Replica or Deactivated. What are the rules?

#1
As part of our photo business, we are setting up a mobile studio. We want to stage several different scenarios for the studio depending on what kind of event we are attending. The studio consists of two 6 metre x 3 metre marquees set up attached to each other making a total space of 6 metre x 6 metres. One half will consist of the studio with props and the other half will be for admin, viewing, printing, sales and so on.

A useful market for us would be the various military show events that take place around the country. One example is the Military Odyssey show in Kent. With that in mind, we are now busy designing a military themed setting.

A useful prop for such a scene would be weapons. For example, a WW1 setting with sandbags replicating a trench scene could have a couple of .303 rifles with bayonets and maybe a Webley revolver.

Our research though has shown that there is a raft of regulations on what you can own or not own. It appears to us that we could get some deactivated stuff and use it without any problems. The issue there is cost. A decent deactivated .303 would probably set us back around roughly six hundred quid or so. four or five of them for a group shot is serious money and then if we had a Webley as well, that would probably cost maybe four hundred quid or so. It all adds up to a lot of money just for props.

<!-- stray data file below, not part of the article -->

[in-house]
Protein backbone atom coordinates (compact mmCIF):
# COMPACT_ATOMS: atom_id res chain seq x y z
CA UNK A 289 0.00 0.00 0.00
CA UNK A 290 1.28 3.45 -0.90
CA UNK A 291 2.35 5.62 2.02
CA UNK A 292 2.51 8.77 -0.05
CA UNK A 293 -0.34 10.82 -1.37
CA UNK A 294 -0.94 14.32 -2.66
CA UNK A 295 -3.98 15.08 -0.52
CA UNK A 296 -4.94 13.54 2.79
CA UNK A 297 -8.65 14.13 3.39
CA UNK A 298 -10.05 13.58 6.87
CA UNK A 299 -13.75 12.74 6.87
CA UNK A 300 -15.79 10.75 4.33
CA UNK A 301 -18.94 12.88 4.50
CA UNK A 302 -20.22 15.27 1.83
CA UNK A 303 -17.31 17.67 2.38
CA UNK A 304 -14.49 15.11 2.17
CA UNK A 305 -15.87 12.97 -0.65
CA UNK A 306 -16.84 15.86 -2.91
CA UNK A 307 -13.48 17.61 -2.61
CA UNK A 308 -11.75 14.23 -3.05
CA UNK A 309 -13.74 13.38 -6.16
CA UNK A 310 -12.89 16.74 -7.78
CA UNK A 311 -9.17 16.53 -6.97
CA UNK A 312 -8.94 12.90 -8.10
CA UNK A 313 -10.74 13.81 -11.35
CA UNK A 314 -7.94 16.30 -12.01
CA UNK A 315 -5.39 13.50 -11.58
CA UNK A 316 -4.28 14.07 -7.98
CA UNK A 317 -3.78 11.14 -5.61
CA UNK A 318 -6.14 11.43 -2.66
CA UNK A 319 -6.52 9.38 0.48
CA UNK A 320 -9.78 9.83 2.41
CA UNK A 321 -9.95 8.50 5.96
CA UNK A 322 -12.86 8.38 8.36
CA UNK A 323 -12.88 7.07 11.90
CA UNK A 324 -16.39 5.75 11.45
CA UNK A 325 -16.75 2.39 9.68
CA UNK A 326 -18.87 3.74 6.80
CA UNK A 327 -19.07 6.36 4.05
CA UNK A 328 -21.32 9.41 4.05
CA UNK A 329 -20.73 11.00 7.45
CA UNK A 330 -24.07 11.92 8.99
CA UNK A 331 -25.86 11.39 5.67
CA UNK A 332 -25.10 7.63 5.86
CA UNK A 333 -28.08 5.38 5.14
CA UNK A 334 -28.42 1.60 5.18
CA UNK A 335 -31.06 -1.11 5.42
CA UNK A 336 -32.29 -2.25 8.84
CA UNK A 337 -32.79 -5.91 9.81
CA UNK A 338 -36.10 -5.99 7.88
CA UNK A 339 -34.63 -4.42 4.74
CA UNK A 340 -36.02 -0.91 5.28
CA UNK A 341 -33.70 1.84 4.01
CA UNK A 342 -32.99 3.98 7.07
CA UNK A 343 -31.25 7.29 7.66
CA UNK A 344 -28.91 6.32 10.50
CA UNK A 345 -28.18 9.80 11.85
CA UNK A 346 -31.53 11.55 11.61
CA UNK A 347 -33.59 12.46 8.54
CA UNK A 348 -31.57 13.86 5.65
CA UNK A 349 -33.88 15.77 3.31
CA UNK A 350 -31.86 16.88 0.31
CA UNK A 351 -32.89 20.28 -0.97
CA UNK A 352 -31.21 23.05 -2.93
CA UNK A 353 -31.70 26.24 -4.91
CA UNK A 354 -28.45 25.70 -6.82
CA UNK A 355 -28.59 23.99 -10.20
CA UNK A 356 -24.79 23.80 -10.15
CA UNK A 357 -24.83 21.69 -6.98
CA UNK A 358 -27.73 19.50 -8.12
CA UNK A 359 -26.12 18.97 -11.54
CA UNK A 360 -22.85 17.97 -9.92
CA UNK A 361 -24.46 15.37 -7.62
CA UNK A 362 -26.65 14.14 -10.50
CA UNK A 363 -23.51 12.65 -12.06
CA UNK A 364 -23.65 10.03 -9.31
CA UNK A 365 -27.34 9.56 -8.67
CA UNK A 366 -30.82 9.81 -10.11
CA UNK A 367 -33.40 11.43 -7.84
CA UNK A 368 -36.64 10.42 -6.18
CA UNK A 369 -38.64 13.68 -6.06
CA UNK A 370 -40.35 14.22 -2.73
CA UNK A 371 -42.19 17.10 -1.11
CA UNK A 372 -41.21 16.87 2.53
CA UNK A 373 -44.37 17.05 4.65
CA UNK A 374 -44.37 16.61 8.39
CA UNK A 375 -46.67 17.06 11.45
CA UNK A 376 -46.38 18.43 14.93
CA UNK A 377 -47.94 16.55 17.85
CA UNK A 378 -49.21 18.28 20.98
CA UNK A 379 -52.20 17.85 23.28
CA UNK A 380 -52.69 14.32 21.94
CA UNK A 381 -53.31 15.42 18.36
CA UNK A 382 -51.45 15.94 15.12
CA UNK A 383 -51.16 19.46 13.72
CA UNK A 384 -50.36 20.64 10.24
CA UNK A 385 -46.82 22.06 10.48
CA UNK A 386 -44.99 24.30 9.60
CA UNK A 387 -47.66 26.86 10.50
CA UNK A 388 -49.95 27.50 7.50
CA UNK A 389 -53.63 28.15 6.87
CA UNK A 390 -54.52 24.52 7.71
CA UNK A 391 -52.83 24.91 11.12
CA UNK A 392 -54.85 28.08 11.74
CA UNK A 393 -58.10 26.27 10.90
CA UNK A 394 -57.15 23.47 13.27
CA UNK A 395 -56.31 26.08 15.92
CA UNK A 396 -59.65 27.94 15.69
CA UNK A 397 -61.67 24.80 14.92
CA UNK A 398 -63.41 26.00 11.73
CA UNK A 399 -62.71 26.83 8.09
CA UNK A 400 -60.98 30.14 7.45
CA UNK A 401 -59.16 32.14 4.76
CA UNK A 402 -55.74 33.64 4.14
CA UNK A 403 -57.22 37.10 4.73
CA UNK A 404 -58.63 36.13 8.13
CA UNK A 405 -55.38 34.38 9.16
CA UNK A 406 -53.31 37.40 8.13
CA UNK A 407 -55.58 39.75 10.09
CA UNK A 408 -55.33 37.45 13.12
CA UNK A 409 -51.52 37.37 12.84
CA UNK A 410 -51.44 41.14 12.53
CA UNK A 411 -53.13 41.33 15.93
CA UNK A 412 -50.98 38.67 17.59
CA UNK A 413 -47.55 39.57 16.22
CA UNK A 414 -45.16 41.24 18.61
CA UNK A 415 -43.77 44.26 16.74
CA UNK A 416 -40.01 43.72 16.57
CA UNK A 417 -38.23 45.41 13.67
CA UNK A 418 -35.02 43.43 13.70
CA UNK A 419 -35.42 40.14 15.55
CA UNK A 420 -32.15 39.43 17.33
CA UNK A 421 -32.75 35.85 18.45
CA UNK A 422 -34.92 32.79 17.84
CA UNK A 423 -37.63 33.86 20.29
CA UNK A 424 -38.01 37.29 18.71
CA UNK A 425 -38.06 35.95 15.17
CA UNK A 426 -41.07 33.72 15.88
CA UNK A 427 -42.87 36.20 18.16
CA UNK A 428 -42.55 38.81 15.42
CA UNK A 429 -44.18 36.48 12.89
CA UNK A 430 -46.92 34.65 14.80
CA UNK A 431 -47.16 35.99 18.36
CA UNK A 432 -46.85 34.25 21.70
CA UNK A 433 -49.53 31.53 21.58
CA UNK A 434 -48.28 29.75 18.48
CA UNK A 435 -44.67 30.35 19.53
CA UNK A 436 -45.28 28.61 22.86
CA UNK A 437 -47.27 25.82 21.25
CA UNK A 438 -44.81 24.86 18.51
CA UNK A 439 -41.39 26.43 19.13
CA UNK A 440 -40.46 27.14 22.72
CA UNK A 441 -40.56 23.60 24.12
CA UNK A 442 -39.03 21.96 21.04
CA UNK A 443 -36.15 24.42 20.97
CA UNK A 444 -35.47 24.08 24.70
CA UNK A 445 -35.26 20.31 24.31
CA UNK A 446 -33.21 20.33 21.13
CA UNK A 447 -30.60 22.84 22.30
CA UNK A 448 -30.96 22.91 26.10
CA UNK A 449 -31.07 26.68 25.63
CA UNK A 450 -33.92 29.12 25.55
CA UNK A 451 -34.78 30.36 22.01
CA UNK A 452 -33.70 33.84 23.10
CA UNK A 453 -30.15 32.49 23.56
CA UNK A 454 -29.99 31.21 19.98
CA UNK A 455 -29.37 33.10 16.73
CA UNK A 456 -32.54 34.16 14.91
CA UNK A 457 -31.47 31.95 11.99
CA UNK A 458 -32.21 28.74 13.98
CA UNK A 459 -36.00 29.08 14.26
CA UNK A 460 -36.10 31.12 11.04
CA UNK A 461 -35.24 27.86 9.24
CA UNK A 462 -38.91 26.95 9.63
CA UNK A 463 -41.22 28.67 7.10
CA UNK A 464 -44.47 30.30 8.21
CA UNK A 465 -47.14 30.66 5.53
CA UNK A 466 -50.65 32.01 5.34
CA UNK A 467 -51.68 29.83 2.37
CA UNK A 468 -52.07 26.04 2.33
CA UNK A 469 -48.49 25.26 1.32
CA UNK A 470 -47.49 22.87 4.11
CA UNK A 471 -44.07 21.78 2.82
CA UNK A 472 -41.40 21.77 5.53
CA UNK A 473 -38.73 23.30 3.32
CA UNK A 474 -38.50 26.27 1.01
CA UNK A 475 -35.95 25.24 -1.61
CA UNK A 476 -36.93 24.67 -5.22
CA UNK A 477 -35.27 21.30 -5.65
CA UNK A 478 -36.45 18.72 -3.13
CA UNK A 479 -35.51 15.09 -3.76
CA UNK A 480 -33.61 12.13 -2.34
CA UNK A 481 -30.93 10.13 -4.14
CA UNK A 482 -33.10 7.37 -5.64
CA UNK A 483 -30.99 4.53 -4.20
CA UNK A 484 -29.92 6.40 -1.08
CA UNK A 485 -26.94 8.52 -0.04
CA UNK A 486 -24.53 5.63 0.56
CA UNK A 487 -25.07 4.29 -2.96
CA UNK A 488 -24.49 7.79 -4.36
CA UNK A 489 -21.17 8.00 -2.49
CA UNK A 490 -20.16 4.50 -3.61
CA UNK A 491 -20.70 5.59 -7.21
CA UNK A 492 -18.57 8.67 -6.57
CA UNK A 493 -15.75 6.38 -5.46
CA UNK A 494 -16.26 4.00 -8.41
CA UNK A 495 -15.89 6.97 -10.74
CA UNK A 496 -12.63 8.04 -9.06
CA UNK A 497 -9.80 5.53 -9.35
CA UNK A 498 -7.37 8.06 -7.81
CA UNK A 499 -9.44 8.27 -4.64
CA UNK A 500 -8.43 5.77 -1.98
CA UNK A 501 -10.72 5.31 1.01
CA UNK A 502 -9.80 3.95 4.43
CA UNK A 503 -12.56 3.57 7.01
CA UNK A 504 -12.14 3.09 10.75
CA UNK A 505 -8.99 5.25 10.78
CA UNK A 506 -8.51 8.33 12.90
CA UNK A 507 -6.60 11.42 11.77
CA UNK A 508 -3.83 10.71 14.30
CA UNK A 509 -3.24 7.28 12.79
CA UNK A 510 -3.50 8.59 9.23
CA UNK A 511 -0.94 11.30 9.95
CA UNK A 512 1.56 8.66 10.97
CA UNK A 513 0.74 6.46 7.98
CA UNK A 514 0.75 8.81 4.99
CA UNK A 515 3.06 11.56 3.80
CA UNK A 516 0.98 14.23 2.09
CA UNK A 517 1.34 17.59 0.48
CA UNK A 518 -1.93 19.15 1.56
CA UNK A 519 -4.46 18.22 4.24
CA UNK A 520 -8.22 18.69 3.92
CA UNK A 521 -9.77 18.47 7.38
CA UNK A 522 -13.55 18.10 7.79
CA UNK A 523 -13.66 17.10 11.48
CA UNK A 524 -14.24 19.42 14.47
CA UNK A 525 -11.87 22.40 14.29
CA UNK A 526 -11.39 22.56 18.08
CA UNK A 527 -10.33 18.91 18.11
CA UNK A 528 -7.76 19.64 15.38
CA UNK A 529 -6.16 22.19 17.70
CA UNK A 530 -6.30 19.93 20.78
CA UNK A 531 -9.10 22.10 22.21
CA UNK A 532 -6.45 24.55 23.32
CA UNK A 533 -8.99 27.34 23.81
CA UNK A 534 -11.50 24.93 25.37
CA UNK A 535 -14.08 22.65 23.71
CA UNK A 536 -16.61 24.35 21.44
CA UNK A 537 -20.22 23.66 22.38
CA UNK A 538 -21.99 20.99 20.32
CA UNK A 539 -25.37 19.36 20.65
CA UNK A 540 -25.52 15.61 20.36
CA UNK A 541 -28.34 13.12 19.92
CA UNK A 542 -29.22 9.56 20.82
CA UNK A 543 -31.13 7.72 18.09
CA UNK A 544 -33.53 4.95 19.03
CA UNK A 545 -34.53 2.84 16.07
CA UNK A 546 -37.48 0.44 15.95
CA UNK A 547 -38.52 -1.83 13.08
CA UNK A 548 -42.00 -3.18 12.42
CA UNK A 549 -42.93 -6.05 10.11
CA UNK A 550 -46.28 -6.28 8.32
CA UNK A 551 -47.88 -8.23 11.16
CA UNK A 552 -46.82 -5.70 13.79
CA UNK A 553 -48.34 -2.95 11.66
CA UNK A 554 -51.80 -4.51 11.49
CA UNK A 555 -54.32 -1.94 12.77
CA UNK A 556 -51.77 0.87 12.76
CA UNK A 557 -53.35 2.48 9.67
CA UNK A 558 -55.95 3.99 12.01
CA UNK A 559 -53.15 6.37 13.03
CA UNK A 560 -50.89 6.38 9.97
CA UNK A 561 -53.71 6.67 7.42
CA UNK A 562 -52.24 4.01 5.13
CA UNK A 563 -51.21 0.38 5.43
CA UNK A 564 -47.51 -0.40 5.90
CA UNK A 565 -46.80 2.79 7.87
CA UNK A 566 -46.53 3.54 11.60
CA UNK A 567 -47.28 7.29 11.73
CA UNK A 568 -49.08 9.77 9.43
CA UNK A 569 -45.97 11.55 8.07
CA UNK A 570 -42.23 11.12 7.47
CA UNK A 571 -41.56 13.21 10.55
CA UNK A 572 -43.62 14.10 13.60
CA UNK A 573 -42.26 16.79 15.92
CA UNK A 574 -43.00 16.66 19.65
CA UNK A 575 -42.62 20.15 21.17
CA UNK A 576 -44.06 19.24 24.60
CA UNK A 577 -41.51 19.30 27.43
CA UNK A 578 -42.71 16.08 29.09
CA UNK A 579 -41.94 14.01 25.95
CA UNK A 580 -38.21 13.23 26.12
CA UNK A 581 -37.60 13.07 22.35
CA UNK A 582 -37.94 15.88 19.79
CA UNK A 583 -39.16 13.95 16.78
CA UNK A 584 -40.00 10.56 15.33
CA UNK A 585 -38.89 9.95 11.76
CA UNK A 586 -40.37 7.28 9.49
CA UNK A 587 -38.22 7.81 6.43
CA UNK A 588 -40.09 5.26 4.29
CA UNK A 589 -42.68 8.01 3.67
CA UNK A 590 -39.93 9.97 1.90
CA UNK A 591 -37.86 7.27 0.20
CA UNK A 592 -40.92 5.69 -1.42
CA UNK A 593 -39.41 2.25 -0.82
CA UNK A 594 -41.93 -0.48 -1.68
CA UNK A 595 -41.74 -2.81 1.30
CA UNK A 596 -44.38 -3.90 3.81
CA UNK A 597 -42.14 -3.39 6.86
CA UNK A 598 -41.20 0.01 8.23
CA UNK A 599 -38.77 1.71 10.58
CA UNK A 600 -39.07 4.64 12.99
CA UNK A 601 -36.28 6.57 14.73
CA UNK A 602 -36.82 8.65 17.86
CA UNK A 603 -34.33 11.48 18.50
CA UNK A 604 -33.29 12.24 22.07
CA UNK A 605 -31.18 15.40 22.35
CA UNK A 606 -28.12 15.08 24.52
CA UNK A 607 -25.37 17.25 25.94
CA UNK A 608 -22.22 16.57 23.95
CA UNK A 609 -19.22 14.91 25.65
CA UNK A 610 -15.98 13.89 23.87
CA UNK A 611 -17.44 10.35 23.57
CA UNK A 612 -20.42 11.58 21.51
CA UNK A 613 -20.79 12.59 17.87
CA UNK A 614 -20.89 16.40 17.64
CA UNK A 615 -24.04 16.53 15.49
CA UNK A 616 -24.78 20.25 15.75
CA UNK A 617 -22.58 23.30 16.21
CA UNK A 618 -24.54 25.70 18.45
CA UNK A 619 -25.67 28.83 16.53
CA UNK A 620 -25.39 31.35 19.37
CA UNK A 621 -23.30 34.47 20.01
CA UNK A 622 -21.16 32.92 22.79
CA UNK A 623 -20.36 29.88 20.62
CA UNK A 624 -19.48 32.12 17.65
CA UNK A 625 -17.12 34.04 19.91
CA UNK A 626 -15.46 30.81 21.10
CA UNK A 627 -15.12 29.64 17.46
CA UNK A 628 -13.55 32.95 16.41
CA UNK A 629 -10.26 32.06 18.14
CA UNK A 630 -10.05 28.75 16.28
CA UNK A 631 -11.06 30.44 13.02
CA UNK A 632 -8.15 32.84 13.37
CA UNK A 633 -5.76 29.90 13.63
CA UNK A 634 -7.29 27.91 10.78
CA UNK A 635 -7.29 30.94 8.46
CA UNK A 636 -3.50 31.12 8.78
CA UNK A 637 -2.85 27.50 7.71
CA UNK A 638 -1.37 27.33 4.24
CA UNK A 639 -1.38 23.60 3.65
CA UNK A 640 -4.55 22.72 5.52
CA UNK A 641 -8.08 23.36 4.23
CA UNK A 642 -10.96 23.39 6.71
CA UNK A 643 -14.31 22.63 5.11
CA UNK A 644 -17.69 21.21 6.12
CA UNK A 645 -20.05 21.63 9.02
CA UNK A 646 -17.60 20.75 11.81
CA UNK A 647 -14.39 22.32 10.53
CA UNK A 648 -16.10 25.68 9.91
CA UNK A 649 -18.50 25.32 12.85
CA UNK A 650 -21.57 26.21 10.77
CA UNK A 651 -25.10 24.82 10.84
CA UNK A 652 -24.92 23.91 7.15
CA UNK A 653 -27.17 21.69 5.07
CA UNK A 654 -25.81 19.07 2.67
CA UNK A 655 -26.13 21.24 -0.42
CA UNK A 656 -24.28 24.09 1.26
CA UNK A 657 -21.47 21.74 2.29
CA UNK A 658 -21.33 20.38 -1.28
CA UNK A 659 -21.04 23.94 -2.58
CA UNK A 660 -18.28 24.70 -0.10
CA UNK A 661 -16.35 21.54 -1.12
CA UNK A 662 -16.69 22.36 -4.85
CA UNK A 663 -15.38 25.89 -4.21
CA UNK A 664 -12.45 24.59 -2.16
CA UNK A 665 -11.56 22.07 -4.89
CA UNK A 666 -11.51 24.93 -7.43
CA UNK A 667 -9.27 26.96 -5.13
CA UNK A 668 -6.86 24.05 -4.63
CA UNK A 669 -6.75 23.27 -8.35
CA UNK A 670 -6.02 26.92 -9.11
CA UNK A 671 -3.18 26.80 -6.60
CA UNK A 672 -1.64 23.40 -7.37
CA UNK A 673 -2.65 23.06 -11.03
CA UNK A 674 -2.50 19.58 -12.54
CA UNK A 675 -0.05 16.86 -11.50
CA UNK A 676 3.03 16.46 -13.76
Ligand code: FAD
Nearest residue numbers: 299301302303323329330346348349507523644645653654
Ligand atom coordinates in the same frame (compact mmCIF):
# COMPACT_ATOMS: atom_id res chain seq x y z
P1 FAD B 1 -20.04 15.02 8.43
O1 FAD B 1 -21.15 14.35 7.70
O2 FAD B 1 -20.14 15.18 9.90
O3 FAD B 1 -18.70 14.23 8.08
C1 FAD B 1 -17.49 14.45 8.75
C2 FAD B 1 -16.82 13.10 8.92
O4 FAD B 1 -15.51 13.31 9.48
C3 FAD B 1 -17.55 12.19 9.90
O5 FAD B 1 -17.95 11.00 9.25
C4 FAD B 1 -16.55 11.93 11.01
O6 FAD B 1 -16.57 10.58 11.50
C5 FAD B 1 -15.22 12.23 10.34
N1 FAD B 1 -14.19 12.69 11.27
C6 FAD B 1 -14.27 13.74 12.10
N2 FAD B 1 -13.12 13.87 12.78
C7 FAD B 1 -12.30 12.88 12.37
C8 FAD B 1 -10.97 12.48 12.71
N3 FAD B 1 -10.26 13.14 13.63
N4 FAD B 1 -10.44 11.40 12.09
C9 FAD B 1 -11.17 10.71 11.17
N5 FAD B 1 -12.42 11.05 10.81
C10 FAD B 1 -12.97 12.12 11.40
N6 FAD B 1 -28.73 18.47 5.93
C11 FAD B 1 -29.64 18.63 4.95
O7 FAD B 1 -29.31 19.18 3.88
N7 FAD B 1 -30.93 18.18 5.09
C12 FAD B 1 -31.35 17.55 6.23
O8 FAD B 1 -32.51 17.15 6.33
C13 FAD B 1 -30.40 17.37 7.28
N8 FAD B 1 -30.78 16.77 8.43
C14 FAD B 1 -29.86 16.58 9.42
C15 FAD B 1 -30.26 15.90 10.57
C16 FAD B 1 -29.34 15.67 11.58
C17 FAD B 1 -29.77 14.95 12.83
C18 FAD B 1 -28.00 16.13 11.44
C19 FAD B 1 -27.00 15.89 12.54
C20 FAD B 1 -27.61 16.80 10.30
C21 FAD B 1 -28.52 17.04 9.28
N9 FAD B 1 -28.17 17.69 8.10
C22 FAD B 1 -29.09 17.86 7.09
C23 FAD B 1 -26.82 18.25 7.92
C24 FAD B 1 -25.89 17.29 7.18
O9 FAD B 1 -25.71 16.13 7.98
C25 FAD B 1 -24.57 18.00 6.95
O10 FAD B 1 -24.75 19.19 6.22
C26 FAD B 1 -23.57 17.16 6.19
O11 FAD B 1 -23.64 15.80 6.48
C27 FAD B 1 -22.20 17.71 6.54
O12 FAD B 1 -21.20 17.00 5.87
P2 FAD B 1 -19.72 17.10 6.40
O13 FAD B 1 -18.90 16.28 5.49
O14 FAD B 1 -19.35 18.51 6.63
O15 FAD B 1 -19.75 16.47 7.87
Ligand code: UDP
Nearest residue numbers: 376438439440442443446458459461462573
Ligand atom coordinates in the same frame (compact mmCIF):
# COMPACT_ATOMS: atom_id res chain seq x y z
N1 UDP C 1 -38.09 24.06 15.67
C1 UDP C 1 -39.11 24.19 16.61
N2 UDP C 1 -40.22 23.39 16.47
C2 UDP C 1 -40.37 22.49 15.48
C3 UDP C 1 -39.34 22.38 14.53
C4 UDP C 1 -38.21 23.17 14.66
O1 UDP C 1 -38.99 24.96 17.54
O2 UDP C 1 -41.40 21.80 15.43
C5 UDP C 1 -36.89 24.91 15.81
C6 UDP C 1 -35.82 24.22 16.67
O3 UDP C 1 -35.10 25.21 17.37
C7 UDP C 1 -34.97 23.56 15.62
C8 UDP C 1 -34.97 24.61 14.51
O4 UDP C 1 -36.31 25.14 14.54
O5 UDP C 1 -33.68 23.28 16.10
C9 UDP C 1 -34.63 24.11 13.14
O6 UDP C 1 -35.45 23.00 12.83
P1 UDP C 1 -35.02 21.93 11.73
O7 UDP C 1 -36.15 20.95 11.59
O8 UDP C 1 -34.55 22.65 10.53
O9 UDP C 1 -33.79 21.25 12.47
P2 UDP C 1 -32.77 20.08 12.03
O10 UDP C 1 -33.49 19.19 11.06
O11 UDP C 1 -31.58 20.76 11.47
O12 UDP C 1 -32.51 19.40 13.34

The alternative would be replica weapons. Replica's would certainly be less expensive even for reasonably realistic ones. The issue there seem's to be the legal position on having them particularly when we are at a public event albeit inside our studio.

From what I can make of it, it's very difficult to do what we want to do. We are not en-enactors which seems to be a way around it. Even if we joined a re-enactment society, we truthfully wouldn't be using replica weapons for for the proper purpose of the society.

We can't use the brightly coloured stuff that shows it isn't a proper weapon. that kind of defeats the purpose of the picture.

Does anybody have any experience of what we are looking at? Does anybody know where it has been done elsewhere and how we might go forward successfully using replica weapons without breaking the law?

Otherwise, we might have to stick to Sherlock Holmes and Alice in Wonderland!

Thanks in advance for any advice.
 
Last edited:
#2
Not my expertise, but as far as i know your intended use - as props in a photo business - should be within the intent of the law, which is supposed to allow use of normal (ie not painted wierd colours) replicas for film, theatre, re-enacting and other organised pursuits.

First stop should be somewher like BASC legal department, who can give an accurate legal answer.

Second stop - armed with the accurate answer - would be to write to your local Police firearms licensing department and confirm with them the intended acquisition and use. So long as you get some sort of acknowledgement, you should be clear to go...

(...or not. Welcome to the world of badly-conceived firearms legislation, conflicting advice, ignorant police officers, etc and so on. Maybe get some legal insurance!)


p.s. resin replicas are fairly affordable.
 

FORMER_FYRDMAN

LE
Book Reviewer
#3
1. On Arrse, you can either be a Labour supporter or a Walt Enabler, but not both. :wink: